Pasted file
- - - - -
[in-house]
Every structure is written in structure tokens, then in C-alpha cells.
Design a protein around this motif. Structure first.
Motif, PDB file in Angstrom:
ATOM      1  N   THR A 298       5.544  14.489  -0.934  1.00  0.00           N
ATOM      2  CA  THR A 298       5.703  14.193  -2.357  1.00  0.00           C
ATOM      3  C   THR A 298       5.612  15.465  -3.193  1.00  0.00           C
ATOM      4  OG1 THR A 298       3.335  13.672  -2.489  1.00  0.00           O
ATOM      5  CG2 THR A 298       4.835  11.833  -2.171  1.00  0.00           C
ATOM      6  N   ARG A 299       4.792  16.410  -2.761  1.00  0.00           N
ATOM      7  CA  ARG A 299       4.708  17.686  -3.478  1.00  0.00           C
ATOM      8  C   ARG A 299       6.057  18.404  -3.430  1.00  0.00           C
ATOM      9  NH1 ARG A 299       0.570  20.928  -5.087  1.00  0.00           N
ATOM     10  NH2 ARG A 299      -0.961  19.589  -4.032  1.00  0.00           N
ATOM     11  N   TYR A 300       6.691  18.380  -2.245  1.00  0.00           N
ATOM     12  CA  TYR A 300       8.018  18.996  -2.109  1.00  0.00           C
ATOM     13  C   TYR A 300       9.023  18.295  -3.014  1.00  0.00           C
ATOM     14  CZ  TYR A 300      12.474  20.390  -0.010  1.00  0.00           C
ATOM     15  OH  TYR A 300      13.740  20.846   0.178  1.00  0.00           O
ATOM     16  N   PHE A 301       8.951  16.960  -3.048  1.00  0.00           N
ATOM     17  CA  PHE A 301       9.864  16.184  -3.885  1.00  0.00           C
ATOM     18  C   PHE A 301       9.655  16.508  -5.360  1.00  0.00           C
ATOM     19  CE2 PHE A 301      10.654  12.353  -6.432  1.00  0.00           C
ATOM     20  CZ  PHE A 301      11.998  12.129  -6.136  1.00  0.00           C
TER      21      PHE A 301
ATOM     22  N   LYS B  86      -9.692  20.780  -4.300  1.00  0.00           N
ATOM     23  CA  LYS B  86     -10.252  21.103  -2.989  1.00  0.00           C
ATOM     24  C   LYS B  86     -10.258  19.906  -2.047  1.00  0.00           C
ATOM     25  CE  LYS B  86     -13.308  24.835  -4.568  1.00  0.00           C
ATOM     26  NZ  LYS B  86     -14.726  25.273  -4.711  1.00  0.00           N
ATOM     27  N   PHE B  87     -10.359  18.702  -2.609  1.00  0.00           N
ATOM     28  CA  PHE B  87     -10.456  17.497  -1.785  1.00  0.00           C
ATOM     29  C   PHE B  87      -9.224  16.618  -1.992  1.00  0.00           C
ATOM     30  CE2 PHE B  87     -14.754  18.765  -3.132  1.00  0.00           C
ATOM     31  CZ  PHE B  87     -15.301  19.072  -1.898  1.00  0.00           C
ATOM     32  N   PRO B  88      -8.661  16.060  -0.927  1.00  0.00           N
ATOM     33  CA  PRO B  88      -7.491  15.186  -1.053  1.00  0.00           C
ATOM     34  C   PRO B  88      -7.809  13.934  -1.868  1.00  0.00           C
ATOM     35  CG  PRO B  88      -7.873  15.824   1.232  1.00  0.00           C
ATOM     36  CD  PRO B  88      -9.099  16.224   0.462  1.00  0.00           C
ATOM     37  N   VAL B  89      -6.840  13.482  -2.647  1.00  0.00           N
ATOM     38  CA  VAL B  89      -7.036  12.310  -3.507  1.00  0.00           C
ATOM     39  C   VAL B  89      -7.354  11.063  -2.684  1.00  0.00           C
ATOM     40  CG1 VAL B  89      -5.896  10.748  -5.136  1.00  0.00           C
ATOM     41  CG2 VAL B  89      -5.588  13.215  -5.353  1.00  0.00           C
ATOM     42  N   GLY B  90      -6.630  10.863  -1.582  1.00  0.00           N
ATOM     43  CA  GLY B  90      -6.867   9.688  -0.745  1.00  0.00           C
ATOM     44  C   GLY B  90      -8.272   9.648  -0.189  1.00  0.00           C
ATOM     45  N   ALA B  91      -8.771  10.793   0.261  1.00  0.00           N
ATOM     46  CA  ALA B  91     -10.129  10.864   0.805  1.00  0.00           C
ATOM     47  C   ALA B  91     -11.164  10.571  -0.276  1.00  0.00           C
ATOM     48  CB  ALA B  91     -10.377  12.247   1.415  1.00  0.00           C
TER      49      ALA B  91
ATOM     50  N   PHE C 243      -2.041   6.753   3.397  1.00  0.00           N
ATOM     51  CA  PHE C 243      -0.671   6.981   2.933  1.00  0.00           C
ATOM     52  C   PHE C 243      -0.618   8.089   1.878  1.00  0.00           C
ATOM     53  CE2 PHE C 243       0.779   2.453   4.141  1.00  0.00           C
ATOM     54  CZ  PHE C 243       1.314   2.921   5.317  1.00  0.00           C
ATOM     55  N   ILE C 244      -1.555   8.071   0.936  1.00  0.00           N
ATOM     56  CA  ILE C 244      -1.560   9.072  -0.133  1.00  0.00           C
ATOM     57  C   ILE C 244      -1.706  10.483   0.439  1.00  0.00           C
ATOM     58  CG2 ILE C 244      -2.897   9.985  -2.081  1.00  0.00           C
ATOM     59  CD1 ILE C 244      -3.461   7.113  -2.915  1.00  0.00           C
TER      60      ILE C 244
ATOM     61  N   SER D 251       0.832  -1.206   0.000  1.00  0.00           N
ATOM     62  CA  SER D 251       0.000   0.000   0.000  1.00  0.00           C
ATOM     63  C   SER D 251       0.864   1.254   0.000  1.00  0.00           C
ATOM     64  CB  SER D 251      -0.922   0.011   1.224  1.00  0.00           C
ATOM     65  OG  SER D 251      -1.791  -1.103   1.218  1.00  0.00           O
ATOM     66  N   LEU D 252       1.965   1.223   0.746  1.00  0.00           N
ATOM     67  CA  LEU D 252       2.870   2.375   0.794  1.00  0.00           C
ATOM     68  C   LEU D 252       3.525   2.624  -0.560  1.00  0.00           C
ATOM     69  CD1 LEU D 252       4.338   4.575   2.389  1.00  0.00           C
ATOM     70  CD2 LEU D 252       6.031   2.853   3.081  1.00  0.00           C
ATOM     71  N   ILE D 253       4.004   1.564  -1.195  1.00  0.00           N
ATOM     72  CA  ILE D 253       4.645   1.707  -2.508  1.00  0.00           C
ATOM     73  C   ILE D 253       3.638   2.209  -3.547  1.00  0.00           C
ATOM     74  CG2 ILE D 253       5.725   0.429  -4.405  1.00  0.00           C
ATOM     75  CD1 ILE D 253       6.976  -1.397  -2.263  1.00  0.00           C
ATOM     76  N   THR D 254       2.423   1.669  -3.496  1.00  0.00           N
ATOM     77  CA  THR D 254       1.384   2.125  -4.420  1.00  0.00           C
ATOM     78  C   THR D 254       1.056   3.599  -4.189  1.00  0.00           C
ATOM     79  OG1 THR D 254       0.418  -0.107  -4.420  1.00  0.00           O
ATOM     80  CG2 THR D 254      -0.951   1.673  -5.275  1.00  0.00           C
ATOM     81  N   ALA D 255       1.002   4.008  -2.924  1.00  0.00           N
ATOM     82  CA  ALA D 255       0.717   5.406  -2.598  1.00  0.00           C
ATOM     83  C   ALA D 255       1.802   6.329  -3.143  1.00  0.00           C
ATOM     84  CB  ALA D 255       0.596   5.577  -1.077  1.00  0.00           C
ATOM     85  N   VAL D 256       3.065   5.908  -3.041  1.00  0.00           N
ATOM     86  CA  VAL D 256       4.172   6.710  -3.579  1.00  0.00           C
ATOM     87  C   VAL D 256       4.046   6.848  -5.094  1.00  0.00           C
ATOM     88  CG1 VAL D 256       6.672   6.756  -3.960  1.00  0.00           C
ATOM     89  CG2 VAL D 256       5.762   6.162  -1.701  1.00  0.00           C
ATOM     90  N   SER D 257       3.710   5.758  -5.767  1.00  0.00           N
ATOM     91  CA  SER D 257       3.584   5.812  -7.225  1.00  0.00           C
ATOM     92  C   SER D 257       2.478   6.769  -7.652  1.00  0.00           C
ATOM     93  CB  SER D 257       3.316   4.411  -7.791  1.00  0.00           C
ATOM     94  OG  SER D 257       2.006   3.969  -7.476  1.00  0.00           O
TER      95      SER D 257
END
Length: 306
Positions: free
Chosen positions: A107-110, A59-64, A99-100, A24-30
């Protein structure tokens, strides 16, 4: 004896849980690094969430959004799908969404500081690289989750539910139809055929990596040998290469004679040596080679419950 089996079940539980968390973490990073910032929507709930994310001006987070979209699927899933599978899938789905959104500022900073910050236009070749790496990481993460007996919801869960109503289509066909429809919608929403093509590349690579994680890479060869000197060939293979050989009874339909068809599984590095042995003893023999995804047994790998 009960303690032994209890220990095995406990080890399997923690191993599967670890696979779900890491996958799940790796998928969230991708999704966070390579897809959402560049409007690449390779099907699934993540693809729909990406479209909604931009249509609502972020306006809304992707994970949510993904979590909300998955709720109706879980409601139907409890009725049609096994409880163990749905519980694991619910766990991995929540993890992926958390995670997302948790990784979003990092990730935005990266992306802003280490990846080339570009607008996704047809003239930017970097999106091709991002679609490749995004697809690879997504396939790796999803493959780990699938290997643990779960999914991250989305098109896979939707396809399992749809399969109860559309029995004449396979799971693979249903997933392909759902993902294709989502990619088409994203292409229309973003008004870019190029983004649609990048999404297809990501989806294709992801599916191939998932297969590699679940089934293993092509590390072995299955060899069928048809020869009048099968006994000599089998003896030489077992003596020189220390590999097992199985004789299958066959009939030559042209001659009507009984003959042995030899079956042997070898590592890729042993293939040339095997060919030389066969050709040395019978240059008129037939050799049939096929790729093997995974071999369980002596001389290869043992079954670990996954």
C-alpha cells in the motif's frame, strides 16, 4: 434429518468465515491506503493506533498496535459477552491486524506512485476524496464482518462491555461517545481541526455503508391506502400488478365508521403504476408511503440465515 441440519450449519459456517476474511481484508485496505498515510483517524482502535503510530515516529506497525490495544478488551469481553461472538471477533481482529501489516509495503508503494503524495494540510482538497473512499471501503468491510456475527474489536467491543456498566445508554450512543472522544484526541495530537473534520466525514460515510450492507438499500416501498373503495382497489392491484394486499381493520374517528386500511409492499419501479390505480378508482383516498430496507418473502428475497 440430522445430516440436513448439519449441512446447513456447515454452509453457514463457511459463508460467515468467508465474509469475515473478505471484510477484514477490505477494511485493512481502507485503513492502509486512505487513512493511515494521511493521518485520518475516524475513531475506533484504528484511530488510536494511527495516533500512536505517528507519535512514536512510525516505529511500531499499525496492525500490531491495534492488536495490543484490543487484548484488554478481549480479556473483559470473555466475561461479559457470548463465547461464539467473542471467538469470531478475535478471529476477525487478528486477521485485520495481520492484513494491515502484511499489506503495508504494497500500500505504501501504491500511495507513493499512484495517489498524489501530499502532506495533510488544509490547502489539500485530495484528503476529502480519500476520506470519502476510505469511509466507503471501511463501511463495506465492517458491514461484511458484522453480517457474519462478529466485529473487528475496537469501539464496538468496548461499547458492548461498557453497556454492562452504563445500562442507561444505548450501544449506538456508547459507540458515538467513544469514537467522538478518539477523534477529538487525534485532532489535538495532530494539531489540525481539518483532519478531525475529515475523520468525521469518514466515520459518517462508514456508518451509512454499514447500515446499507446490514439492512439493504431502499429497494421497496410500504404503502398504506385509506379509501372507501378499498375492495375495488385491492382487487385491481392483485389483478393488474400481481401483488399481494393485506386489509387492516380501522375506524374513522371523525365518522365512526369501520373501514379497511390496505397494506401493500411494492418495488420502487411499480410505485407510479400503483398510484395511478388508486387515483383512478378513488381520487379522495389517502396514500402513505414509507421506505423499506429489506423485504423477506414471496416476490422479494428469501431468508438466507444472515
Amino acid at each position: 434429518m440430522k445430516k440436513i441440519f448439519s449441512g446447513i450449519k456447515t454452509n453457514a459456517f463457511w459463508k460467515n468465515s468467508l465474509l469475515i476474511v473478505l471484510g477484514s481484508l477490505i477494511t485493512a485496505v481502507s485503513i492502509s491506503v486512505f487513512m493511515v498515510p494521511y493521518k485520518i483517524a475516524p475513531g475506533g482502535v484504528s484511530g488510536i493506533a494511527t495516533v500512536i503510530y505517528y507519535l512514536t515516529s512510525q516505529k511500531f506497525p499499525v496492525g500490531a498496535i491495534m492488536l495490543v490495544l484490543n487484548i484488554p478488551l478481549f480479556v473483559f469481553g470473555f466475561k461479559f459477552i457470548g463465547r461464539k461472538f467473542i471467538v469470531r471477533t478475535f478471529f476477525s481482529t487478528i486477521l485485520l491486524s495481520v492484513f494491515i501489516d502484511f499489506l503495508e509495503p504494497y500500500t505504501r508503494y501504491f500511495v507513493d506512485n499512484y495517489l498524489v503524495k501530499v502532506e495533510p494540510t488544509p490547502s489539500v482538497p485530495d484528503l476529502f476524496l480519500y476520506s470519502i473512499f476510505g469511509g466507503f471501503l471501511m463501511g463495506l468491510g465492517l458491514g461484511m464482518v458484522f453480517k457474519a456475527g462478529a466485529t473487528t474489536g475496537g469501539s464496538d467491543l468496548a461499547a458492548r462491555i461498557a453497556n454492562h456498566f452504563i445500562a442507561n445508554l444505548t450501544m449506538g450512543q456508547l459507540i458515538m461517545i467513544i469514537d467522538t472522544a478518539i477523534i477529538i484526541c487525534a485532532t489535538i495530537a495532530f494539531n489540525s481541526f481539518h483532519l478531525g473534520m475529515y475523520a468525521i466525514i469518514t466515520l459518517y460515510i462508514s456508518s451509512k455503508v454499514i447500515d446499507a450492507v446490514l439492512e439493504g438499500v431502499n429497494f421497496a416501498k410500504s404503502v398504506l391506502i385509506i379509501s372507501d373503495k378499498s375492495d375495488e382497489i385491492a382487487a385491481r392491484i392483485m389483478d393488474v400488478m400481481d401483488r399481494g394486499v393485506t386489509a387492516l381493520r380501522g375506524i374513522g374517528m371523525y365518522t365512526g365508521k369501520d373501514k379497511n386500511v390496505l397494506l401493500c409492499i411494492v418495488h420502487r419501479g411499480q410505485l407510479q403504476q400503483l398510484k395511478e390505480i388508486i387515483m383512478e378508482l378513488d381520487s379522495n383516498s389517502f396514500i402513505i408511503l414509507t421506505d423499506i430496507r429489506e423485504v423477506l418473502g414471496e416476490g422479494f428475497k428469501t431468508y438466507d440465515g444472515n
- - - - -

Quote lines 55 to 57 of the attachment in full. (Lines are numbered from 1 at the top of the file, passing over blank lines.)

ATOM     51  CA  PHE C 243      -0.671   6.981   2.933  1.00  0.00           C
ATOM     52  C   PHE C 243      -0.618   8.089   1.878  1.00  0.00           C
ATOM     53  CE2 PHE C 243       0.779   2.453   4.141  1.00  0.00           C